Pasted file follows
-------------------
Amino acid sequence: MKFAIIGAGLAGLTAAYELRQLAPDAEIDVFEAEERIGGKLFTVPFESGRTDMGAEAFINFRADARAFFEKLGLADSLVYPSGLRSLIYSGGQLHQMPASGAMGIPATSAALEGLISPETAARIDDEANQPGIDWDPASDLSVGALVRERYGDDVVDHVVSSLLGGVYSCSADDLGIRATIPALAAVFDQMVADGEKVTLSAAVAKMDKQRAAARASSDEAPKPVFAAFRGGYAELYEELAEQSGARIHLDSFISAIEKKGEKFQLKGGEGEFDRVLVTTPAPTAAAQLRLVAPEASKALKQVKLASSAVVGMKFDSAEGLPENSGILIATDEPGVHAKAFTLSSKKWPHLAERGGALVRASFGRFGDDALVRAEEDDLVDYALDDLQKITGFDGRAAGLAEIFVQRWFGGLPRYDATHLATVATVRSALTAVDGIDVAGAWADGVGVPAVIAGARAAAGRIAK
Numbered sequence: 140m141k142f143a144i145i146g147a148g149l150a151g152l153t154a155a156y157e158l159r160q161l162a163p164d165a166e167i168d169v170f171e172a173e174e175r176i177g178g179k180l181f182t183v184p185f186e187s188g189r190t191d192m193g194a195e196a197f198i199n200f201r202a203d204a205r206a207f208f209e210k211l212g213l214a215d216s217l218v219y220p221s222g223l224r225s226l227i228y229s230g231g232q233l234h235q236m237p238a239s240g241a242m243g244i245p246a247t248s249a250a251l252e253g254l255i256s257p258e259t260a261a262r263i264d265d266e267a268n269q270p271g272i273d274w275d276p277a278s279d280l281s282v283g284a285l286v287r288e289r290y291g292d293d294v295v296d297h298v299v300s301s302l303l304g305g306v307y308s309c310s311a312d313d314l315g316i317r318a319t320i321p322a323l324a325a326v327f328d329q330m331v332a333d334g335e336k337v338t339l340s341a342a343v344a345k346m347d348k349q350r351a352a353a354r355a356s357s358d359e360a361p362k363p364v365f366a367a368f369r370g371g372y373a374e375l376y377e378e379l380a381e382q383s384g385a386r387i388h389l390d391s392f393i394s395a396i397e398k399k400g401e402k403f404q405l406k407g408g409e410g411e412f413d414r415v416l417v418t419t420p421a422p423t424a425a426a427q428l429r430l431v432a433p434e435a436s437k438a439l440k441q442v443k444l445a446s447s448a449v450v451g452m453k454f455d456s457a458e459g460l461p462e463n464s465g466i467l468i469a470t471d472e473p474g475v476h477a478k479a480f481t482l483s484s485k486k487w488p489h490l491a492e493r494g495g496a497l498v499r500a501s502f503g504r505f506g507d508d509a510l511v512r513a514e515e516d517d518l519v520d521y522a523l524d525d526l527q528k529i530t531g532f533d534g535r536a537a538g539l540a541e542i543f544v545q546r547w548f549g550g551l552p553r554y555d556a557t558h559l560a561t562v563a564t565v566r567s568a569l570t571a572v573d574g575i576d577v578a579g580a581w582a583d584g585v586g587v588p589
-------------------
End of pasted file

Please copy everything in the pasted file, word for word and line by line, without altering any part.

Amino acid sequence: MKFAIIGAGLAGLTAAYELRQLAPDAEIDVFEAEERIGGKLFTVPFESGRTDMGAEAFINFRADARAFFEKLGLADSLVYPSGLRSLIYSGGQLHQMPASGAMGIPATSAALEGLISPETAARIDDEANQPGIDWDPASDLSVGALVRERYGDDVVDHVVSSLLGGVYSCSADDLGIRATIPALAAVFDQMVADGEKVTLSAAVAKMDKQRAAARASSDEAPKPVFAAFRGGYAELYEELAEQSGARIHLDSFISAIEKKGEKFQLKGGEGEFDRVLVTTPAPTAAAQLRLVAPEASKALKQVKLASSAVVGMKFDSAEGLPENSGILIATDEPGVHAKAFTLSSKKWPHLAERGGALVRASFGRFGDDALVRAEEDDLVDYALDDLQKITGFDGRAAGLAEIFVQRWFGGLPRYDATHLATVATVRSALTAVDGIDVAGAWADGVGVPAVIAGARAAAGRIAK
Numbered sequence: 140m141k142f143a144i145i146g147a148g149l150a151g152l153t154a155a156y157e158l159r160q161l162a163p164d165a166e167i168d169v170f171e172a173e174e175r176i177g178g179k180l181f182t183v184p185f186e187s188g189r190t191d192m193g194a195e196a197f198i199n200f201r202a203d204a205r206a207f208f209e210k211l212g213l214a215d216s217l218v219y220p221s222g223l224r225s226l227i228y229s230g231g232q233l234h235q236m237p238a239s240g241a242m243g244i245p246a247t248s249a250a251l252e253g254l255i256s257p258e259t260a261a262r263i264d265d266e267a268n269q270p271g272i273d274w275d276p277a278s279d280l281s282v283g284a285l286v287r288e289r290y291g292d293d294v295v296d297h298v299v300s301s302l303l304g305g306v307y308s309c310s311a312d313d314l315g316i317r318a319t320i321p322a323l324a325a326v327f328d329q330m331v332a333d334g335e336k337v338t339l340s341a342a343v344a345k346m347d348k349q350r351a352a353a354r355a356s357s358d359e360a361p362k363p364v365f366a367a368f369r370g371g372y373a374e375l376y377e378e379l380a381e382q383s384g385a386r387i388h389l390d391s392f393i394s395a396i397e398k399k400g401e402k403f404q405l406k407g408g409e410g411e412f413d414r415v416l417v418t419t420p421a422p423t424a425a426a427q428l429r430l431v432a433p434e435a436s437k438a439l440k441q442v443k444l445a446s447s448a449v450v451g452m453k454f455d456s457a458e459g460l461p462e463n464s465g466i467l468i469a470t471d472e473p474g475v476h477a478k479a480f481t482l483s484s485k486k487w488p489h490l491a492e493r494g495g496a497l498v499r500a501s502f503g504r505f506g507d508d509a510l511v512r513a514e515e516d517d518l519v520d521y522a523l524d525d526l527q528k529i530t531g532f533d534g535r536a537a538g539l540a541e542i543f544v545q546r547w548f549g550g551l552p553r554y555d556a557t558h559l560a561t562v563a564t565v566r567s568a569l570t571a572v573d574g575i576d577v578a579g580a581w582a583d584g585v586g587v588p589